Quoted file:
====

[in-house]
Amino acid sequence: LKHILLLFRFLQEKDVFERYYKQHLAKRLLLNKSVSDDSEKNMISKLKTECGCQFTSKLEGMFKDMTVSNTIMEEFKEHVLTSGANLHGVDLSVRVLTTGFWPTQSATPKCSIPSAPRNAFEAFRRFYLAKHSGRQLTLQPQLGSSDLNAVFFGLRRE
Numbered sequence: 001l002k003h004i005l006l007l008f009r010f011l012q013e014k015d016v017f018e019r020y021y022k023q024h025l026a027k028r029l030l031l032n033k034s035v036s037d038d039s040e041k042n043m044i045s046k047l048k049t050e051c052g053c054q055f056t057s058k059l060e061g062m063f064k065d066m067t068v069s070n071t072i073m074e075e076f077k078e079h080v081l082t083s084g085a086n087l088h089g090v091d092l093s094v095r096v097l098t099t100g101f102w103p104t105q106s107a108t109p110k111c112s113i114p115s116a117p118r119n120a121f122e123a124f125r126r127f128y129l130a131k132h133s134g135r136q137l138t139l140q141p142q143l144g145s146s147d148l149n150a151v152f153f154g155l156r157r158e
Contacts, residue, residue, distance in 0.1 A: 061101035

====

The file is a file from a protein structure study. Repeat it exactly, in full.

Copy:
[in-house]
Amino acid sequence: LKHILLLFRFLQEKDVFERYYKQHLAKRLLLNKSVSDDSEKNMISKLKTECGCQFTSKLEGMFKDMTVSNTIMEEFKEHVLTSGANLHGVDLSVRVLTTGFWPTQSATPKCSIPSAPRNAFEAFRRFYLAKHSGRQLTLQPQLGSSDLNAVFFGLRRE
Numbered sequence: 001l002k003h004i005l006l007l008f009r010f011l012q013e014k015d016v017f018e019r020y021y022k023q024h025l026a027k028r029l030l031l032n033k034s035v036s037d038d039s040e041k042n043m044i045s046k047l048k049t050e051c052g053c054q055f056t057s058k059l060e061g062m063f064k065d066m067t068v069s070n071t072i073m074e075e076f077k078e079h080v081l082t083s084g085a086n087l088h089g090v091d092l093s094v095r096v097l098t099t100g101f102w103p104t105q106s107a108t109p110k111c112s113i114p115s116a117p118r119n120a121f122e123a124f125r126r127f128y129l130a131k132h133s134g135r136q137l138t139l140q141p142q143l144g145s146s147d148l149n150a151v152f153f154g155l156r157r158e
Contacts, residue, residue, distance in 0.1 A: 061101035